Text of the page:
Context is key

Context is key

With so many organisations getting their location based marketing wrong what is the secret behind communicating and engaging with consumers without being invasive and alienating?

B&T Magazine
Posted by B&T Magazine

Consumers today own multiple devices and move seamlessly between them throughout the day (sequential screening), or using multiple devices simultaneously (simultaneous screening). The device many consumers choose to use at any given time often depends on the context i.e. how much time they have, what their goal is, where they are and their attitude toward what they are doing.

Portable devices now allow consumers to shift from one screen to another and back again to achieve a certain goal or accomplish a task. These main modes of multi-screen usage, sequential screening and simultaneous screening, mean consumers attention is split between multiple devices and businesses must ensure, no matter what device a consumer is using, they are easily accessible and visible on that device.

According to Google’s Multi-Screen World report, on average consumers spend almost four and a half hours of their leisure time in front of screens each day. This time is split or used simultaneously between a Smartphone, a Tablet, a PC and TV and the amount of time spent with each is relevant to the consumer’s individual context.

The consumer’s context, and how they feel about your brand at any of these given times, depends on certain scenarios happening with in their daily life. The device or several devices a consumer chooses to use depends strongly on the amount of time they have, the goal they which to achieve, where they are (office, home, outdoors etc), and how they are feeling at that particular time of day.

This scenario driven context is what we call the customer journey and it’s extremely important to how organisations interact and engage with their target market via multiple mobile devices. The customer journey is an essential part of a mobile strategy and context is key when it comes to deciding on which multi-screen platform will be more effective and accessible for your target audience.

So what devices suit your target market?

TV

TV is no longer the main device commanding our attention or being used by consumers to engage with brands – it is now the device used most commonly during simultaneous screening and is therefore the main catalyst for many search queries used by the three other main mobile devices.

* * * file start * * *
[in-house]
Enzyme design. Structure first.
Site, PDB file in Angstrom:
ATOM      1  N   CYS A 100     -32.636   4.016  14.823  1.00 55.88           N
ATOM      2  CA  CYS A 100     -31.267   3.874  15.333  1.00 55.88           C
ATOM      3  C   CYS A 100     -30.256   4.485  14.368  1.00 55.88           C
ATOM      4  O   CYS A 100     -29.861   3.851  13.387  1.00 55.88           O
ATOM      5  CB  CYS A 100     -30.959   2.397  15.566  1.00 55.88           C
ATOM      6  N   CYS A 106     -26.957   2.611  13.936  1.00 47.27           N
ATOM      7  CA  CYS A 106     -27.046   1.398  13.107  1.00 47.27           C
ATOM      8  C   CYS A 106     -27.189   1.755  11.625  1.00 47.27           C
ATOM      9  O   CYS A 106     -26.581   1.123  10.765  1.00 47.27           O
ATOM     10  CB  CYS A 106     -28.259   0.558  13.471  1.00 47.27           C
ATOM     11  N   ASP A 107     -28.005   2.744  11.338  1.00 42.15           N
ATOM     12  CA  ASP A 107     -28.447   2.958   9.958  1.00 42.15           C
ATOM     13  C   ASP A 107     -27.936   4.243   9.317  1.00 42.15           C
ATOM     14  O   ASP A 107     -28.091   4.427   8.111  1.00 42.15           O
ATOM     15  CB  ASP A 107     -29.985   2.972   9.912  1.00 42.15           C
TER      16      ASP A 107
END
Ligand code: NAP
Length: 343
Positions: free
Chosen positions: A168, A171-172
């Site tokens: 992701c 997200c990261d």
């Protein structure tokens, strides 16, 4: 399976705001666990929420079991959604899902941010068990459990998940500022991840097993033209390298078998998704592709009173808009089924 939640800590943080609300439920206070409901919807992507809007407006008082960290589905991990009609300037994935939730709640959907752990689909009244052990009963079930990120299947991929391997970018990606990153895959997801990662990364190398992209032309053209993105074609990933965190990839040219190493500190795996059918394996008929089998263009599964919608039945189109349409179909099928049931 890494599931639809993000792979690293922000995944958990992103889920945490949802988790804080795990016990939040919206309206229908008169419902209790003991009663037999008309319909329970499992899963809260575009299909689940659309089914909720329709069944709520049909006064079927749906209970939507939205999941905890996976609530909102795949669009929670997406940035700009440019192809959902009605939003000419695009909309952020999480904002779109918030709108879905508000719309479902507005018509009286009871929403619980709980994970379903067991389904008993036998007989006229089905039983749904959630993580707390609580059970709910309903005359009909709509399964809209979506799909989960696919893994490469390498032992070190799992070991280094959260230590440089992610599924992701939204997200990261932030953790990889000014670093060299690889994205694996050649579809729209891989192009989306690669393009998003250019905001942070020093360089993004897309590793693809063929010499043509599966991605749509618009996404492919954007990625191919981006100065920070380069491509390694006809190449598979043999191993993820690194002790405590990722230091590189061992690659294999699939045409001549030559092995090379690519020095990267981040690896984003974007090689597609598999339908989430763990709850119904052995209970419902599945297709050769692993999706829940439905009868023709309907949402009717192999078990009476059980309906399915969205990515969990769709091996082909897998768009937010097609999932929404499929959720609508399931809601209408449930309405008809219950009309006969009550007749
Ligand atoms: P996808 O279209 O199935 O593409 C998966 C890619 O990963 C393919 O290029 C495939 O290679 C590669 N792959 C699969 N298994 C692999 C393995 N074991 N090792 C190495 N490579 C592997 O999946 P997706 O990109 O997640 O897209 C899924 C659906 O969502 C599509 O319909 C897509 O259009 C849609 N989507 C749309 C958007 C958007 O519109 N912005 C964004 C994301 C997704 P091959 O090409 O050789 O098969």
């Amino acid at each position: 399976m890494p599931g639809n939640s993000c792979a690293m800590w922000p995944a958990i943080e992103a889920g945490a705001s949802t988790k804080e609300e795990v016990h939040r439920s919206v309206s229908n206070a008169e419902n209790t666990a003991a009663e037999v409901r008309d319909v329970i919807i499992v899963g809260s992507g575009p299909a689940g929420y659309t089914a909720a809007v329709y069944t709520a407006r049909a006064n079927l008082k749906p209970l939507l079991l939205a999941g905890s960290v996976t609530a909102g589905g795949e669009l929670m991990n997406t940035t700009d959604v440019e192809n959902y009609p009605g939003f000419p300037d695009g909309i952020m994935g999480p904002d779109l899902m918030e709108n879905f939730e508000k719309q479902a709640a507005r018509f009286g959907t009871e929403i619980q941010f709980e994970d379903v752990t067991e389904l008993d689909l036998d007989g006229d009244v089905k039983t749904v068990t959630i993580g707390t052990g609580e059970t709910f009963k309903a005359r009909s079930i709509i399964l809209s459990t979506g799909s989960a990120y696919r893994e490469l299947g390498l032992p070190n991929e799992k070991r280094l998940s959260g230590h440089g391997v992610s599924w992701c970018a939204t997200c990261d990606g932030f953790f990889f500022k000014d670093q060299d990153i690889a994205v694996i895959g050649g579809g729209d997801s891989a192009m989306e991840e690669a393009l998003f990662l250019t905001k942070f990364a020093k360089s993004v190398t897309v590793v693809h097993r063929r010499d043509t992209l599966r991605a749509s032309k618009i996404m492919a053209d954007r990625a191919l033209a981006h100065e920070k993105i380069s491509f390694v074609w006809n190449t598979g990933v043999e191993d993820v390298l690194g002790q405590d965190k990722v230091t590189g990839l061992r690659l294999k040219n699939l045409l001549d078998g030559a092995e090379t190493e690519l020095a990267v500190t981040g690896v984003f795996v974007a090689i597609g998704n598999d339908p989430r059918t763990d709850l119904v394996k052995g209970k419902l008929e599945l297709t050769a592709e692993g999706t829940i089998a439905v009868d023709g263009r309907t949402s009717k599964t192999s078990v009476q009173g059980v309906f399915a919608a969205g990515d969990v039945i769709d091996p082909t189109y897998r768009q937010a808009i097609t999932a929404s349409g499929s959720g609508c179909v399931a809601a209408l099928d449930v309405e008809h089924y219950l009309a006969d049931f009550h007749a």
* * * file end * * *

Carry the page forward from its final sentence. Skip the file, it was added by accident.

Smartphones

Smartphones are the go to mobile device for most consumers. It is the one device majority of consumers will have with in arms reach at any given moment and it would be the number one device used by those on-the-go.

The context that drives this device is one of urgency – the consumer has little or limited time, they have a small goal they want to achieve, they are travelling or somehow on-the-go and may be feeling a bit rushed or feeling as though they don’t have much time for in-depth research.

Devices are used by consumers for short searches and quick snippets of information. They are the device quickly pulled out to send an SMS, scan a QR code on a direct marketing flyer or used look up a website seen on an outdoor ad. It is the main device used to start online research or online activities.

All messages and engagement strategies for targeting Smartphone consumers would need to be very fast, to the point and, most importantly, personalised.

Tablets

If Smartphones are the ‘quick-use, on-the-go’ devices then tablets are the more laid-back and relaxed counter-part.

Tablets are the devices used mainly by consumers in the relaxing and comfortable space of their own home. Used for leisurely browsing and entertainment purposes, these devices hold no sense of time-limits – unlike the Smartphone which is used in short bursts.

Tablets are used for more in-depth research and consumers will take more time on these devices to read copy, learn more about a product, and interact with a brand.

Engaging with tablet users isn’t as rushed as Smartphone engagement, but it still needs to be personalised.

PC or laptop

PCs and laptops are generally used by consumers in a serious, business or work state of mind. These consumers are usually completing tasks that require a large attention span and intense focus.

These devices are used mainly for search and completing work tasks and are generally used either at work or at home but in a more professional context. The PC is seen by consumers now as a link to their work life rather than a link to leisure.

Organisations must target multiple devices to ensure they are engaging and connecting with their target market at all points throughout the day. Businesses now must understand the one point that links all devices together and drives multi-screen use is search and in order to stay relevant businesses must ensure they are accessible and visible regardless of what device is used.

Shaun Dobbin is chief executive of Gomeeki